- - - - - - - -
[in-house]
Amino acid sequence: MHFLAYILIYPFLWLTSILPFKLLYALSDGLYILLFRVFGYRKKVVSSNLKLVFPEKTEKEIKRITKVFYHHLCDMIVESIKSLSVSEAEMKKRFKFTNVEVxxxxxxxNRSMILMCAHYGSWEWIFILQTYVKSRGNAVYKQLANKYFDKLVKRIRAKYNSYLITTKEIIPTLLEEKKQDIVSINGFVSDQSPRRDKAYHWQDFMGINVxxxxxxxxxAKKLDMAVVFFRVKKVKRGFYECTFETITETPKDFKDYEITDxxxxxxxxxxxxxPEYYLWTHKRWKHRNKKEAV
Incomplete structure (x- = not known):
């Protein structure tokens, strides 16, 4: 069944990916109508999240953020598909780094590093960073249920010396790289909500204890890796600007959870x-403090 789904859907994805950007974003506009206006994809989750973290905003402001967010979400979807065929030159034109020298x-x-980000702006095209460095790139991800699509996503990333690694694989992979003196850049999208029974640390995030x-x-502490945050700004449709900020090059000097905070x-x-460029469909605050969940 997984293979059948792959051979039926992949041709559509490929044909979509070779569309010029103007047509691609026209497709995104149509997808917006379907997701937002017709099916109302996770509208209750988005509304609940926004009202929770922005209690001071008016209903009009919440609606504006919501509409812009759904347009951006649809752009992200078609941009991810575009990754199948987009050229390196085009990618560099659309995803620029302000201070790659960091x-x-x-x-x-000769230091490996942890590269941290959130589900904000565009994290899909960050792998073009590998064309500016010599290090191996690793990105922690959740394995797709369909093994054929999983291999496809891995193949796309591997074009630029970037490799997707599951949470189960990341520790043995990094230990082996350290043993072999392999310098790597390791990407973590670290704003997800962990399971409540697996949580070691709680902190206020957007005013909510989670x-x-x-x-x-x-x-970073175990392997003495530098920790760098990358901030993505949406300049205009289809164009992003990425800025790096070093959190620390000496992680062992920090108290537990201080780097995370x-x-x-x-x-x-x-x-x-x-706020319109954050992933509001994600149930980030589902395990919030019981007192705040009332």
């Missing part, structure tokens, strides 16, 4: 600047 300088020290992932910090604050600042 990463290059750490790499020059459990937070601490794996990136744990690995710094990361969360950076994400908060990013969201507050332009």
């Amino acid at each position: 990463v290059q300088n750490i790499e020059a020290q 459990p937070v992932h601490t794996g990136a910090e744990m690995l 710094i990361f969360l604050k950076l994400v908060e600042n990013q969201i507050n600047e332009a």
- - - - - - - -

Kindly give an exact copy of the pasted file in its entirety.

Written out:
[in-house]
Amino acid sequence: MHFLAYILIYPFLWLTSILPFKLLYALSDGLYILLFRVFGYRKKVVSSNLKLVFPEKTEKEIKRITKVFYHHLCDMIVESIKSLSVSEAEMKKRFKFTNVEVxxxxxxxNRSMILMCAHYGSWEWIFILQTYVKSRGNAVYKQLANKYFDKLVKRIRAKYNSYLITTKEIIPTLLEEKKQDIVSINGFVSDQSPRRDKAYHWQDFMGINVxxxxxxxxxAKKLDMAVVFFRVKKVKRGFYECTFETITETPKDFKDYEITDxxxxxxxxxxxxxPEYYLWTHKRWKHRNKKEAV
Incomplete structure (x- = not known):
């Protein structure tokens, strides 16, 4: 069944990916109508999240953020598909780094590093960073249920010396790289909500204890890796600007959870x-403090 789904859907994805950007974003506009206006994809989750973290905003402001967010979400979807065929030159034109020298x-x-980000702006095209460095790139991800699509996503990333690694694989992979003196850049999208029974640390995030x-x-502490945050700004449709900020090059000097905070x-x-460029469909605050969940 997984293979059948792959051979039926992949041709559509490929044909979509070779569309010029103007047509691609026209497709995104149509997808917006379907997701937002017709099916109302996770509208209750988005509304609940926004009202929770922005209690001071008016209903009009919440609606504006919501509409812009759904347009951006649809752009992200078609941009991810575009990754199948987009050229390196085009990618560099659309995803620029302000201070790659960091x-x-x-x-x-000769230091490996942890590269941290959130589900904000565009994290899909960050792998073009590998064309500016010599290090191996690793990105922690959740394995797709369909093994054929999983291999496809891995193949796309591997074009630029970037490799997707599951949470189960990341520790043995990094230990082996350290043993072999392999310098790597390791990407973590670290704003997800962990399971409540697996949580070691709680902190206020957007005013909510989670x-x-x-x-x-x-x-970073175990392997003495530098920790760098990358901030993505949406300049205009289809164009992003990425800025790096070093959190620390000496992680062992920090108290537990201080780097995370x-x-x-x-x-x-x-x-x-x-706020319109954050992933509001994600149930980030589902395990919030019981007192705040009332």
């Missing part, structure tokens, strides 16, 4: 600047 300088020290992932910090604050600042 990463290059750490790499020059459990937070601490794996990136744990690995710094990361969360950076994400908060990013969201507050332009």
């Amino acid at each position: 990463v290059q300088n750490i790499e020059a020290q 459990p937070v992932h601490t794996g990136a910090e744990m690995l 710094i990361f969360l604050k950076l994400v908060e600042n990013q969201i507050n600047e332009a």